The room was packed with concerned teachers and residents during the March 28 meeting, according to Maggie Buckwalter, an Upper Hanover resident and parent of four. Buckwalter estimated 50 teachers attended the meeting.

            The quintet of Marlborough teachers implored the members to help the students who are entitled to receive emotional support services. However, one discussed the emotional toll absorbed by the teachers.

            "We are here to educate the students. They are number one," teacher Melissa Deitrich said during the meeting. "Teachers are a close second. Our physical and bodily safety matters, too. Our mental health is important."

            Deitrich, who started by explaining that she intended to speak about the elementary school setting rather than specific classrooms or students, stated that lessons are being disrupted because of multiple evacuations, usually due to the same student "who desperately needs, and is entitled to, emotional support services."

            While the incidents are infrequent, some staff members receive black and blue marks and have experienced "major anxiety" about coming back to school according to Deitrich. She said that beside reportable injuries, some teachers have experienced "extreme guilt" about not being able to protect to other students.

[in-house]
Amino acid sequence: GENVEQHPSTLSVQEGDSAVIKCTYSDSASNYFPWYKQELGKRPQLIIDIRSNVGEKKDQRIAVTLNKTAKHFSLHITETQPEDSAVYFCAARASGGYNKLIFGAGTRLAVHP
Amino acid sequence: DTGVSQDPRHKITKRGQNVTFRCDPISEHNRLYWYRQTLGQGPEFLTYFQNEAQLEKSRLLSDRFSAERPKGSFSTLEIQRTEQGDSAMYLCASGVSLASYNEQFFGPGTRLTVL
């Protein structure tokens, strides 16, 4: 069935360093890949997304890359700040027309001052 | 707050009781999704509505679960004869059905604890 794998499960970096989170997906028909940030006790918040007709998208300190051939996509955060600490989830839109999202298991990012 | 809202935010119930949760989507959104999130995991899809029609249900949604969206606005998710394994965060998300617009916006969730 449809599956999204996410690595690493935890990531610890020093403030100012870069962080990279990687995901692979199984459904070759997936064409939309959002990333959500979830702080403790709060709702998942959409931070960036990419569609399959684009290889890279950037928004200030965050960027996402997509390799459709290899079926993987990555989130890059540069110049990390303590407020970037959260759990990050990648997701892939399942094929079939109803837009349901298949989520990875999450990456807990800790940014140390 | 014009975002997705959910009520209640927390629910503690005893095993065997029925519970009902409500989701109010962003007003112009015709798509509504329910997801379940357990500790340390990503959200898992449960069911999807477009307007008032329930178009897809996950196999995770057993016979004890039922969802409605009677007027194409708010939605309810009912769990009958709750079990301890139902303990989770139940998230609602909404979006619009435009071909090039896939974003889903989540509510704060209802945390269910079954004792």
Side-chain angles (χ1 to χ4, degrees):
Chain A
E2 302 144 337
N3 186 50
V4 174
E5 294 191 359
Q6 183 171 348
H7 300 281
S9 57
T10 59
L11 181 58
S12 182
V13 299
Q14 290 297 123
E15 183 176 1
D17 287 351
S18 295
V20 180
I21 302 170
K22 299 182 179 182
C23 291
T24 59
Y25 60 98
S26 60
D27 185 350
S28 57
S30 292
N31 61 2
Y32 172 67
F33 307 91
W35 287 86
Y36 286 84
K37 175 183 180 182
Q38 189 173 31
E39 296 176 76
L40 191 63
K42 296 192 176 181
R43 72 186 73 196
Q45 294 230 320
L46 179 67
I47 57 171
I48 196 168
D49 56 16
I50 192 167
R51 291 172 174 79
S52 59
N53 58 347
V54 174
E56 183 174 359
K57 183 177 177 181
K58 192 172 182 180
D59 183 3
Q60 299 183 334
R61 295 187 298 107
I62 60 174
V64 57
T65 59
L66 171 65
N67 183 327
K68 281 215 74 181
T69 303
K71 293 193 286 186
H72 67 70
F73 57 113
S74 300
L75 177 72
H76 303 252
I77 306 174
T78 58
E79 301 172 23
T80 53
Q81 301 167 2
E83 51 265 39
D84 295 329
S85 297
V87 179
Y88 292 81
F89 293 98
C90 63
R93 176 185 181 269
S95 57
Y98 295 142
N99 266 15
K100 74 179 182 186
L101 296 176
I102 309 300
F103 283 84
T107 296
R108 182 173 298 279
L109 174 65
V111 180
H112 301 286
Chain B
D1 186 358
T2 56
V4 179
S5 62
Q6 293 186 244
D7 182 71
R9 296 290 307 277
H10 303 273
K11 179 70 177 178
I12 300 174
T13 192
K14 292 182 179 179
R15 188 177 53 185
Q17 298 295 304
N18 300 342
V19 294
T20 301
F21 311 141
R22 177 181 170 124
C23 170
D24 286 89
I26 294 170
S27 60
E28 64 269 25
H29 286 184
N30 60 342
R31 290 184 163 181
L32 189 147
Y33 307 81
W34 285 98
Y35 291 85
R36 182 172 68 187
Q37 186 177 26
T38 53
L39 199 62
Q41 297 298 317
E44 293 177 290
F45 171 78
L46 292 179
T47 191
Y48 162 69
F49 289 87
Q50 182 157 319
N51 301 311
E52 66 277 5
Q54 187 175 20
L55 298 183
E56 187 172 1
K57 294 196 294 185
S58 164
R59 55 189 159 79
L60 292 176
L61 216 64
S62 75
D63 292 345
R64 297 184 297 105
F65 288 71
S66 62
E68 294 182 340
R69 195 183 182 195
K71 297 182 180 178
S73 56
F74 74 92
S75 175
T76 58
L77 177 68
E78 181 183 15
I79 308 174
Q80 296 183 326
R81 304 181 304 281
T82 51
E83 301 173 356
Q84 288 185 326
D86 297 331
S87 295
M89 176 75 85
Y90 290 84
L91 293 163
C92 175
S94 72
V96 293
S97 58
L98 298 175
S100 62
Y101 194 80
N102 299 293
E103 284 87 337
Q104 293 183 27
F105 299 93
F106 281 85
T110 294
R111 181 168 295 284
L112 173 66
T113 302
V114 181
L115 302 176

"One teacher who was so traumatized had to take a leave of absence," Deitrich said.

            According to multiple district sources, the teachers union filed a grievance during the previous school year against the district in which it argued, it part, that the district should obey language in the contract allowing disruptive students to be removed from a classroom at the request of a teacher. However, the Individuals with Disabilities Education Act, a federal law which makes available a free, appropriate public education to eligible children with disabilities throughout the nation and ensures special education and related services to those children, prevents removal. Detwiler did not return an email message seeking comment.